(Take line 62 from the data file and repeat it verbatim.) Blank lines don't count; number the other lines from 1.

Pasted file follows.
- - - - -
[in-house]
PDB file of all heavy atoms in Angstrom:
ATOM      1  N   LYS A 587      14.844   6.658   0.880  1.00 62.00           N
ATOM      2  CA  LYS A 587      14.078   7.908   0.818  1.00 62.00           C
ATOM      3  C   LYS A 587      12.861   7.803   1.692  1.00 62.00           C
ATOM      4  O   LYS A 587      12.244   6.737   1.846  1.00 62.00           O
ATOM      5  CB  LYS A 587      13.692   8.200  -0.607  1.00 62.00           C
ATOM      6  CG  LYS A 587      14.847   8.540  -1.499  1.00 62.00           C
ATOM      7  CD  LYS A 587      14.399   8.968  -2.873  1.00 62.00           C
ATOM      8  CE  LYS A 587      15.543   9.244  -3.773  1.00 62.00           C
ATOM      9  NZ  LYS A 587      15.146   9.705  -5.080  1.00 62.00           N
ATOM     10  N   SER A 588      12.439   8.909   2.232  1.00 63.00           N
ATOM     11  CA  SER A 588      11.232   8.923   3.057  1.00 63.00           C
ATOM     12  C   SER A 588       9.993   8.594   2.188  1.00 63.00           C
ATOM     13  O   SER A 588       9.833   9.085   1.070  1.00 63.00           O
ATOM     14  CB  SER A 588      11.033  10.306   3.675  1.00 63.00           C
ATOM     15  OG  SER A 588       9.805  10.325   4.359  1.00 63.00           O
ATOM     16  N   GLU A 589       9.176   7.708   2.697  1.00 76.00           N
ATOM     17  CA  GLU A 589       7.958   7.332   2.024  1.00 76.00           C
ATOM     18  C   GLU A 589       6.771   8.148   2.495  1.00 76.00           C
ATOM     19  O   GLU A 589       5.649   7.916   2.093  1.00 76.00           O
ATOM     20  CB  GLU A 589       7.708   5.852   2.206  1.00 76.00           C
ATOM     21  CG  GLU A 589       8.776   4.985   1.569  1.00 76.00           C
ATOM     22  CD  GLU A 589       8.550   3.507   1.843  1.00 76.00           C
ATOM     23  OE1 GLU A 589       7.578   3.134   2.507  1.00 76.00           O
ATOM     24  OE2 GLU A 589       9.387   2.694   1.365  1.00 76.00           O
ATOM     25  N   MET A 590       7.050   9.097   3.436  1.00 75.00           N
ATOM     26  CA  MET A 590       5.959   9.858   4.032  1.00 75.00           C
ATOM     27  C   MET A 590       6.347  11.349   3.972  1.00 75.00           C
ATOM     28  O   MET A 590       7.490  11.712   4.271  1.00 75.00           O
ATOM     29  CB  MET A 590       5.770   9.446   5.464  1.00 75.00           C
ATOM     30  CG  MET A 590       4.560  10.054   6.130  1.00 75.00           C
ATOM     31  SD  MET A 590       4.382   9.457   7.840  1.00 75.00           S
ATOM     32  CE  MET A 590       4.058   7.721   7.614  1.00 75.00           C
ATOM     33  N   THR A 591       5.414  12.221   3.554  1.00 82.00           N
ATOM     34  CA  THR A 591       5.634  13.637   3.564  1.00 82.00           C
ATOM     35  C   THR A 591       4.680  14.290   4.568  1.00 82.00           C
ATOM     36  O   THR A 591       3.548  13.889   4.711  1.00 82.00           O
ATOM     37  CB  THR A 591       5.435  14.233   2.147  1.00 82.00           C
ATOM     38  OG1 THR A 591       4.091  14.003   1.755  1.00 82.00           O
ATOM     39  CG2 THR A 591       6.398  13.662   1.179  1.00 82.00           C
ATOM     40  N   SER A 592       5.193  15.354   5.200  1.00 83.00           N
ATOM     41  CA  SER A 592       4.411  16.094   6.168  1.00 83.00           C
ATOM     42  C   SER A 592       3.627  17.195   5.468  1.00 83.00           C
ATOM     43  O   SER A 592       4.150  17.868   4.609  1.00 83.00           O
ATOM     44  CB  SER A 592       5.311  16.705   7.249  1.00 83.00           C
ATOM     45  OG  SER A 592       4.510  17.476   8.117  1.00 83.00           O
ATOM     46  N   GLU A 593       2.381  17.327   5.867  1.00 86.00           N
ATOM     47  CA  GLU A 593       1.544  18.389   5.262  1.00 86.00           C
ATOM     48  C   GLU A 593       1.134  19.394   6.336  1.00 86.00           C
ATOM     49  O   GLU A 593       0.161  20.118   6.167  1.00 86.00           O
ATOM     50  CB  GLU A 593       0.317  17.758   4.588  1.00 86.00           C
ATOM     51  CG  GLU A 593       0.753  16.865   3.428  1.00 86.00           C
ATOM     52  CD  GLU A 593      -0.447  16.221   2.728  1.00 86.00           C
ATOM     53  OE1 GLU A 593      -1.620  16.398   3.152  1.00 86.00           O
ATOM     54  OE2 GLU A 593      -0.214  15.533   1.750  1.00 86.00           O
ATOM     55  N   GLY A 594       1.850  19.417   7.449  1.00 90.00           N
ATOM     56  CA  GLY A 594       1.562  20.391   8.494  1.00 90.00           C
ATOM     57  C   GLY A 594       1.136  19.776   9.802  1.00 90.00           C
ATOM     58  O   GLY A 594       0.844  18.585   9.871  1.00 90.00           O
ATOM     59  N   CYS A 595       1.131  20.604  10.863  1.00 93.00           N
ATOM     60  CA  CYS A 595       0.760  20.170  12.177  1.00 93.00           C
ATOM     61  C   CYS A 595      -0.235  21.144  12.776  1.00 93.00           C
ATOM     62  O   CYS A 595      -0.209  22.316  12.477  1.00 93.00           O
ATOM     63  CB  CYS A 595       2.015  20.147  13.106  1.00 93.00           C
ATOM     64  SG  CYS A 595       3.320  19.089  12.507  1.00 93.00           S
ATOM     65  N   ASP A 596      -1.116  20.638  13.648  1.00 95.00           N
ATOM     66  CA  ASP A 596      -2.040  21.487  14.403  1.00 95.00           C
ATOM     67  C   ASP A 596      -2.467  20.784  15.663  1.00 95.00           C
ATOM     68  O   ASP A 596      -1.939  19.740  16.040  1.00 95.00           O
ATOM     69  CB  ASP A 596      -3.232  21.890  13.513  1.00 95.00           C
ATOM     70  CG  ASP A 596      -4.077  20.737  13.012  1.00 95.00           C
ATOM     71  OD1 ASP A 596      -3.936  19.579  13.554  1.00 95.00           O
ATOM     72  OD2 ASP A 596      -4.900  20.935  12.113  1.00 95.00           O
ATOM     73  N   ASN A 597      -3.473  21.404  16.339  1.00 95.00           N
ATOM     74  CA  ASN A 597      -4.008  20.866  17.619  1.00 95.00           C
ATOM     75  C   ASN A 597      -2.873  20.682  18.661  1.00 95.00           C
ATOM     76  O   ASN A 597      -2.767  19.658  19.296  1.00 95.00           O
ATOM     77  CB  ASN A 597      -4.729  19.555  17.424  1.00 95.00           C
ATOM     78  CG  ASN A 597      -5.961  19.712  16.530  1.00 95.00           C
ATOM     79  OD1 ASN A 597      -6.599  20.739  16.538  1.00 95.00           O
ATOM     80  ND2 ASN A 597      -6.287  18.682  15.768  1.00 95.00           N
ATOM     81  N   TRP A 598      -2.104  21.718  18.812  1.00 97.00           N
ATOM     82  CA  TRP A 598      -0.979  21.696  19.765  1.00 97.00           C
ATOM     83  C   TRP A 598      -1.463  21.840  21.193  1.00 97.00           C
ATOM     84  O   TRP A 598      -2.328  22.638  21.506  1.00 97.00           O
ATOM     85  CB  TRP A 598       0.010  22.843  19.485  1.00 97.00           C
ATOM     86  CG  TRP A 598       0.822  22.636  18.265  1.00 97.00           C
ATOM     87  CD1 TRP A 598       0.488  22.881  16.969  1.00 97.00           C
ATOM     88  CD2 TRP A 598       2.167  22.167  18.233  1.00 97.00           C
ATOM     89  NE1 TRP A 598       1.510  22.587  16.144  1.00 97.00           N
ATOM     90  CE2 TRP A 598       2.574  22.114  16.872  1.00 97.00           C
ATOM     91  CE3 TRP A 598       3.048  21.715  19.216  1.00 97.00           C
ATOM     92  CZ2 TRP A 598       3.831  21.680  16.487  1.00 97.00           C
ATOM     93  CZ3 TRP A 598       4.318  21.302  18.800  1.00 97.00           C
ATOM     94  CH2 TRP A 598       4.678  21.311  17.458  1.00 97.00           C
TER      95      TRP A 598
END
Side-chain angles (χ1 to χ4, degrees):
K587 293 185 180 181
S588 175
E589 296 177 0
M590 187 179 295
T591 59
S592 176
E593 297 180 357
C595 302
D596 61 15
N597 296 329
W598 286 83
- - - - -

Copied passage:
ATOM     60  CA  CYS A 595       0.760  20.170  12.177  1.00 93.00           C